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Sen. Rounds says Trump supporters still like his policies, if not his personal behavior

Are the crimes of Paul Manafort and Michael Cohen affecting how President Trump is perceived among Republican colleagues? Senator Mike Rounds, R-South Dakota, talks to Judy Woodruff about ramifications for the president, including whether the latest news is distracting from legislative priorities and how constituents are separating President Trump’s political agenda from his personal behavior.

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  • Judy Woodruff:

    And for a Republican perspective, we're joined now by Senator Mike Rounds of South Dakota.

    Senator Rounds, thank you very much for talking with us again.

    Looking at the event of the last 24,28 hours, what is your sense of whether the president is any closer to any sort of legal jeopardy?

  • Sen. Mike Rounds, R-S.D.:

    I don't think he's getting closer to legal jeopardy right now.

    I think this has been an issue that's going to be in the — in the press for an extended period of time. The process that's in place right now has to play out completely. Mr. Mueller needs to continue to finish out the work that he started.

    And, in the meantime, at the congressional level, we're going to try to continue to do our work here in D.C. and try to focus on an appropriations bill. We're focusing on moving forward with the Supreme Court nominee and a number of other items, including a number of other nominations that have to be completed.

  • Judy Woodruff:

    There are two elements — I hear you, Senator.

    At the same time, there are two elements that came out of the testimony yesterday and then beyond that, today, from Michael Cohen, very close to the president for years, his former personal attorney.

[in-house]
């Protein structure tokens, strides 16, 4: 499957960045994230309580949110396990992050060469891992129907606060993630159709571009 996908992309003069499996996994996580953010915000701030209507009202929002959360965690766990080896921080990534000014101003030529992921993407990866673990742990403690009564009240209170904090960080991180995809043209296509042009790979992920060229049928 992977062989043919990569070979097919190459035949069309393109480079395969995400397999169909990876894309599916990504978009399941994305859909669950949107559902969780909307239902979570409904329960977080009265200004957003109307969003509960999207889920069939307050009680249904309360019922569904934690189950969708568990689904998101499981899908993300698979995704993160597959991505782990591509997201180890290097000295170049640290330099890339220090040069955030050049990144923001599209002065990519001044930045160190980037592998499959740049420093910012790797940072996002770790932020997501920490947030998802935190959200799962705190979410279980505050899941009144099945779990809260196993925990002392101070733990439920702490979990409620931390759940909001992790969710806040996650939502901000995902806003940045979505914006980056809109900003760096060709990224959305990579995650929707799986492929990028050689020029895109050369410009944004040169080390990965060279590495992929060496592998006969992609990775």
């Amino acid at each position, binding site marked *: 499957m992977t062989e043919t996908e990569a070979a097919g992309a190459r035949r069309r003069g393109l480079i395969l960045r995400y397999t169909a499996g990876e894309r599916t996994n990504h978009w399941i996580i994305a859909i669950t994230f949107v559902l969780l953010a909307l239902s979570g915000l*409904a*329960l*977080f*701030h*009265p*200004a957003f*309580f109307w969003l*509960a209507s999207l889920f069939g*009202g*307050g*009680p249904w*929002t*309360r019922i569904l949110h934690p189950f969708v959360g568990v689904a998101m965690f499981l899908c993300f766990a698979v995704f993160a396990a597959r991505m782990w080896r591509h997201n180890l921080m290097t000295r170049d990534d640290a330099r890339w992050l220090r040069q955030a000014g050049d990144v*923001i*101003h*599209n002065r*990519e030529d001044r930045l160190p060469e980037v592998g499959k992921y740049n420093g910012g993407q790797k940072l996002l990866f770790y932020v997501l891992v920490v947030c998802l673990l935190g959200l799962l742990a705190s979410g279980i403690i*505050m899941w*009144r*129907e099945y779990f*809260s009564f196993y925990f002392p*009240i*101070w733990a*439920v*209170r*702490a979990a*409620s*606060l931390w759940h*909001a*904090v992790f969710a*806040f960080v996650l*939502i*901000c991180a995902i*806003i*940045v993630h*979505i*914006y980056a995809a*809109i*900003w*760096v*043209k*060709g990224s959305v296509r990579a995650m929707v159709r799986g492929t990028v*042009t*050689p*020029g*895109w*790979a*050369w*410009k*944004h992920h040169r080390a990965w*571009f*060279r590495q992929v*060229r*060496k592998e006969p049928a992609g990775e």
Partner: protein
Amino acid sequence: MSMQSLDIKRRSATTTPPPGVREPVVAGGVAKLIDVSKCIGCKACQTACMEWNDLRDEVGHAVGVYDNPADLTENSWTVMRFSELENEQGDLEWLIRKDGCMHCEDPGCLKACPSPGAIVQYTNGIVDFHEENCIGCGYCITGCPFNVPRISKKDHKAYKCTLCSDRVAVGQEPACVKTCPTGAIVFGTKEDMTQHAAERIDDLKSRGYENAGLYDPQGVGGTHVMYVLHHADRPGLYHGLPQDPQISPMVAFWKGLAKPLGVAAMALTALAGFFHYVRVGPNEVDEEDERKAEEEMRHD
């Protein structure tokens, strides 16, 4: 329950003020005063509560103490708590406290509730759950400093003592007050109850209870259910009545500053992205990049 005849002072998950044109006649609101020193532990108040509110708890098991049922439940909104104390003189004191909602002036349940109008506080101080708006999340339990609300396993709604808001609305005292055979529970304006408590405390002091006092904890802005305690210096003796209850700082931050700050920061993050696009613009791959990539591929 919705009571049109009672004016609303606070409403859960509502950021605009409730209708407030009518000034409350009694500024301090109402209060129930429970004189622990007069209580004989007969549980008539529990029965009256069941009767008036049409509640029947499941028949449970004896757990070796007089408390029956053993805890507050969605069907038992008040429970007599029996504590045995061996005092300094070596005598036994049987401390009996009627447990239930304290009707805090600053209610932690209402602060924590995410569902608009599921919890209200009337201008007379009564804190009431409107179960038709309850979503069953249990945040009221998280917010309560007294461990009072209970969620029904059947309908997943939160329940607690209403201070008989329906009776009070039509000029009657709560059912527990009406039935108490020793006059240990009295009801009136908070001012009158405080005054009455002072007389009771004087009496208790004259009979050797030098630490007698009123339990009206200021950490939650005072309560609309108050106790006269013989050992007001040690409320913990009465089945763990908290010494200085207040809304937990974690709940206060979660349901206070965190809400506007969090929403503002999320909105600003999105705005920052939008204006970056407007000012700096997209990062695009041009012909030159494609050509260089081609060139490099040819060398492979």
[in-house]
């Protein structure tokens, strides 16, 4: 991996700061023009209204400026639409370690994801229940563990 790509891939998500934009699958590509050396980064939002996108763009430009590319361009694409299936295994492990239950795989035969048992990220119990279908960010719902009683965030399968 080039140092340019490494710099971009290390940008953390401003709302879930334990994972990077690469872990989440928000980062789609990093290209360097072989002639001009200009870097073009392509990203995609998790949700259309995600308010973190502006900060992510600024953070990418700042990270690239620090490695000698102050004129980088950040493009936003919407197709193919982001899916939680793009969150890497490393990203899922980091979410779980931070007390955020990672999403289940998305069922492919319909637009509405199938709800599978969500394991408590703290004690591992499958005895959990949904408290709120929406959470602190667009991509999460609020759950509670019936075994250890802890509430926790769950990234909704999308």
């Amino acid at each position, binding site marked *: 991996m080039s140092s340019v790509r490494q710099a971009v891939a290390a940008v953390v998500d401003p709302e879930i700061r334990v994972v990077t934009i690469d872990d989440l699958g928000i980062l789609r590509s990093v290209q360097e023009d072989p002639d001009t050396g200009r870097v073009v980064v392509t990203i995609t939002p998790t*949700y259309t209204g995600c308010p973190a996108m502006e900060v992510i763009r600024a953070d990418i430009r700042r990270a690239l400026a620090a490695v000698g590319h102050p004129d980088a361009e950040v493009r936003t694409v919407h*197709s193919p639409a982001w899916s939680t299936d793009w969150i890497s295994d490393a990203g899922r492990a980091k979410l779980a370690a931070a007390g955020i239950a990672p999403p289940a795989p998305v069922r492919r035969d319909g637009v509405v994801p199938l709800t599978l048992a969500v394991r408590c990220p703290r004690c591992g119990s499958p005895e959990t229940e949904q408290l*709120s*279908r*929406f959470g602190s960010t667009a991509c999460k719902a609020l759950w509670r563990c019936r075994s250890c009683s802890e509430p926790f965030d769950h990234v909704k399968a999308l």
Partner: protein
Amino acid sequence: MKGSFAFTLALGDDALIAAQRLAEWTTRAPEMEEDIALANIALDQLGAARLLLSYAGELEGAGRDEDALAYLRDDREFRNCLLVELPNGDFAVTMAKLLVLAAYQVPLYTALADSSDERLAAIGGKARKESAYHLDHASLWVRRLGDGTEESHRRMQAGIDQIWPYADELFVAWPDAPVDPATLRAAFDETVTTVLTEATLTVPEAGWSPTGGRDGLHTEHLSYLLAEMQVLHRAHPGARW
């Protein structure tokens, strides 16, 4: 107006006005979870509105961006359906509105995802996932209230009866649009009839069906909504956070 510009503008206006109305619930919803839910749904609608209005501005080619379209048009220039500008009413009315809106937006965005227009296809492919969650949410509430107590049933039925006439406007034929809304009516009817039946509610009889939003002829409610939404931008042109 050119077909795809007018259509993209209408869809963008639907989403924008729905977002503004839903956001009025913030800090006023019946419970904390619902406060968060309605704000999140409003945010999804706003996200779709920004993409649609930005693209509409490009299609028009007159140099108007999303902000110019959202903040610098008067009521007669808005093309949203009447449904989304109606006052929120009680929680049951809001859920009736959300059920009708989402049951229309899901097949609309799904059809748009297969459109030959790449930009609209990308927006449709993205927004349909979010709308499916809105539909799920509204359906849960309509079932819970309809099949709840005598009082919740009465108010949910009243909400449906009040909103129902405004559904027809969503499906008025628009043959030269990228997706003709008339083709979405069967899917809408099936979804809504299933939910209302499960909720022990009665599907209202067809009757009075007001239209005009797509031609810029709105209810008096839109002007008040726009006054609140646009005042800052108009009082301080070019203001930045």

As you know, he testified in federal court that the head of a campaign — he's clearly referring to the president — directed him to make payments to a woman to be quiet about an alleged affair.

    Does this not at least raise questions in your mind? Can you just go about your work and completely ignore that?

  • Sen. Mike Rounds, R-S.D.:

    We're not ignoring it, but we didn't exactly see it as news, either, because most of us had recognized that the president — his attorneys earlier had indicated that there had been a direction on their part and had admitted earlier, had confirmed earlier that those payments had been made, and that the — that the president — or that they had directed the payments be made.

    Whether or not there's a violation of federal election law and so forth will be determined by the appropriate sources, but most certainly is a political issue any time someone is accused of an improper activity. And that will be in the news and it will be something that we will continue to talk about.

    But is it a distraction for us? The answer is, yes, it is. But I don't think that it changes anything in terms of what we had expected to come out based upon what the president had — or what his attorneys had already indicated was the case.

  • Judy Woodruff:

    The president, as you know, has had — has had several different explanations for what happened. He said earlier this year he didn't know of any payments. Then he acknowledged later that he did.